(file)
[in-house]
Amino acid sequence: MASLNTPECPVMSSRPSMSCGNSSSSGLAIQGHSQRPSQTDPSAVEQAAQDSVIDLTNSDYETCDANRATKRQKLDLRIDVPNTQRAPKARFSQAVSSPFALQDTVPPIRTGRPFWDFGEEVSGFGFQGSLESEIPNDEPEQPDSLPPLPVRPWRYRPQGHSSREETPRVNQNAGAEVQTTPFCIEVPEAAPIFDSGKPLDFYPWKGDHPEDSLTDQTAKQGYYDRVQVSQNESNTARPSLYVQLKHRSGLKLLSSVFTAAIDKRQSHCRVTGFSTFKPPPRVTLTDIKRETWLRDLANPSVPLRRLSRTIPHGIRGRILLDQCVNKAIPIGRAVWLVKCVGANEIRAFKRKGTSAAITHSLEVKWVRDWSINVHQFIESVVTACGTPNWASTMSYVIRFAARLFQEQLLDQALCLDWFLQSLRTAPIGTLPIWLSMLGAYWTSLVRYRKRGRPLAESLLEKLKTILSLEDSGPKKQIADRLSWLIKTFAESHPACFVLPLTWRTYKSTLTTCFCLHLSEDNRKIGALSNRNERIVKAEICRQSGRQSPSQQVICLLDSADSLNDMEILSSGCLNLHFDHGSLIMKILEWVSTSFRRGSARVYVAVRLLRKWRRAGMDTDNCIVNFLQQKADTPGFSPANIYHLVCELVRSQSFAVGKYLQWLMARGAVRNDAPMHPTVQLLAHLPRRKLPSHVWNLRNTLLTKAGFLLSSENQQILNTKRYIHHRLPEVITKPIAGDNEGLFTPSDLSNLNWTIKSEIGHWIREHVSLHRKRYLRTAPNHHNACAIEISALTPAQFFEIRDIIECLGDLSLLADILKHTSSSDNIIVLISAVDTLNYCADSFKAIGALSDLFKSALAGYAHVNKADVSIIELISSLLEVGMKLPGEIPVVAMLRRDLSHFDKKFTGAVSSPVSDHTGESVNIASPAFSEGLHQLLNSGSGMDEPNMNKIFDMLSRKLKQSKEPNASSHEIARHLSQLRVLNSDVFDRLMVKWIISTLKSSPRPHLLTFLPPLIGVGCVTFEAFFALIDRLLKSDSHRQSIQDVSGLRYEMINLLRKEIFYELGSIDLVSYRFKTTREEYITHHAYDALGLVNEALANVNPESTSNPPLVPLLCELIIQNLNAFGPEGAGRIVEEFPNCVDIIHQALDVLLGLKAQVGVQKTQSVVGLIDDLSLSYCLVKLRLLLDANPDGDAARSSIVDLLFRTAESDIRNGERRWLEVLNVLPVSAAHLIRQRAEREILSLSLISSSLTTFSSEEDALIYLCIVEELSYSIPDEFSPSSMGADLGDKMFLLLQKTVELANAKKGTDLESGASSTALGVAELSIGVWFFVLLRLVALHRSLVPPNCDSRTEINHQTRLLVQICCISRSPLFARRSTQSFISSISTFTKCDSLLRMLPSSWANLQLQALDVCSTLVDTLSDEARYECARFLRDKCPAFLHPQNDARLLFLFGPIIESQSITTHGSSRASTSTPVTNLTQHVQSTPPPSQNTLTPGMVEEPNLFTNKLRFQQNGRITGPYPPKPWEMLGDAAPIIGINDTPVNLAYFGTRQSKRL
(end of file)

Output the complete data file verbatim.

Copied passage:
[in-house]
Amino acid sequence: MASLNTPECPVMSSRPSMSCGNSSSSGLAIQGHSQRPSQTDPSAVEQAAQDSVIDLTNSDYETCDANRATKRQKLDLRIDVPNTQRAPKARFSQAVSSPFALQDTVPPIRTGRPFWDFGEEVSGFGFQGSLESEIPNDEPEQPDSLPPLPVRPWRYRPQGHSSREETPRVNQNAGAEVQTTPFCIEVPEAAPIFDSGKPLDFYPWKGDHPEDSLTDQTAKQGYYDRVQVSQNESNTARPSLYVQLKHRSGLKLLSSVFTAAIDKRQSHCRVTGFSTFKPPPRVTLTDIKRETWLRDLANPSVPLRRLSRTIPHGIRGRILLDQCVNKAIPIGRAVWLVKCVGANEIRAFKRKGTSAAITHSLEVKWVRDWSINVHQFIESVVTACGTPNWASTMSYVIRFAARLFQEQLLDQALCLDWFLQSLRTAPIGTLPIWLSMLGAYWTSLVRYRKRGRPLAESLLEKLKTILSLEDSGPKKQIADRLSWLIKTFAESHPACFVLPLTWRTYKSTLTTCFCLHLSEDNRKIGALSNRNERIVKAEICRQSGRQSPSQQVICLLDSADSLNDMEILSSGCLNLHFDHGSLIMKILEWVSTSFRRGSARVYVAVRLLRKWRRAGMDTDNCIVNFLQQKADTPGFSPANIYHLVCELVRSQSFAVGKYLQWLMARGAVRNDAPMHPTVQLLAHLPRRKLPSHVWNLRNTLLTKAGFLLSSENQQILNTKRYIHHRLPEVITKPIAGDNEGLFTPSDLSNLNWTIKSEIGHWIREHVSLHRKRYLRTAPNHHNACAIEISALTPAQFFEIRDIIECLGDLSLLADILKHTSSSDNIIVLISAVDTLNYCADSFKAIGALSDLFKSALAGYAHVNKADVSIIELISSLLEVGMKLPGEIPVVAMLRRDLSHFDKKFTGAVSSPVSDHTGESVNIASPAFSEGLHQLLNSGSGMDEPNMNKIFDMLSRKLKQSKEPNASSHEIARHLSQLRVLNSDVFDRLMVKWIISTLKSSPRPHLLTFLPPLIGVGCVTFEAFFALIDRLLKSDSHRQSIQDVSGLRYEMINLLRKEIFYELGSIDLVSYRFKTTREEYITHHAYDALGLVNEALANVNPESTSNPPLVPLLCELIIQNLNAFGPEGAGRIVEEFPNCVDIIHQALDVLLGLKAQVGVQKTQSVVGLIDDLSLSYCLVKLRLLLDANPDGDAARSSIVDLLFRTAESDIRNGERRWLEVLNVLPVSAAHLIRQRAEREILSLSLISSSLTTFSSEEDALIYLCIVEELSYSIPDEFSPSSMGADLGDKMFLLLQKTVELANAKKGTDLESGASSTALGVAELSIGVWFFVLLRLVALHRSLVPPNCDSRTEINHQTRLLVQICCISRSPLFARRSTQSFISSISTFTKCDSLLRMLPSSWANLQLQALDVCSTLVDTLSDEARYECARFLRDKCPAFLHPQNDARLLFLFGPIIESQSITTHGSSRASTSTPVTNLTQHVQSTPPPSQNTLTPGMVEEPNLFTNKLRFQQNGRITGPYPPKPWEMLGDAAPIIGINDTPVNLAYFGTRQSKRL